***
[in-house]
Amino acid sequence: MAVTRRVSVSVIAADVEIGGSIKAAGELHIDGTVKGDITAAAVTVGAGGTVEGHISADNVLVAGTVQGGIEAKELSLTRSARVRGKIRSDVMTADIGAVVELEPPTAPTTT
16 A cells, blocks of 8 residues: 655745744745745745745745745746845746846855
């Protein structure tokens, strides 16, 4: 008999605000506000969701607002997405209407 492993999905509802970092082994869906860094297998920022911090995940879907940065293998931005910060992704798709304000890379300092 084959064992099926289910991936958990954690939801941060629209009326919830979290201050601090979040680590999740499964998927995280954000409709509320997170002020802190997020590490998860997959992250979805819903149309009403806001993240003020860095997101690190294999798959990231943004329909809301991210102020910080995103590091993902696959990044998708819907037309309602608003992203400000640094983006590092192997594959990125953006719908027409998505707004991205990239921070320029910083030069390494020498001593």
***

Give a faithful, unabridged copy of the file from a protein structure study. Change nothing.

[in-house]
Amino acid sequence: MAVTRRVSVSVIAADVEIGGSIKAAGELHIDGTVKGDITAAAVTVGAGGTVEGHISADNVLVAGTVQGGIEAKELSLTRSARVRGKIRSDVMTADIGAVVELEPPTAPTTT
16 A cells, blocks of 8 residues: 655745744745745745745745745746845746846855
């Protein structure tokens, strides 16, 4: 008999605000506000969701607002997405209407 492993999905509802970092082994869906860094297998920022911090995940879907940065293998931005910060992704798709304000890379300092 084959064992099926289910991936958990954690939801941060629209009326919830979290201050601090979040680590999740499964998927995280954000409709509320997170002020802190997020590490998860997959992250979805819903149309009403806001993240003020860095997101690190294999798959990231943004329909809301991210102020910080995103590091993902696959990044998708819907037309309602608003992203400000640094983006590092192997594959990125953006719908027409998505707004991205990239921070320029910083030069390494020498001593």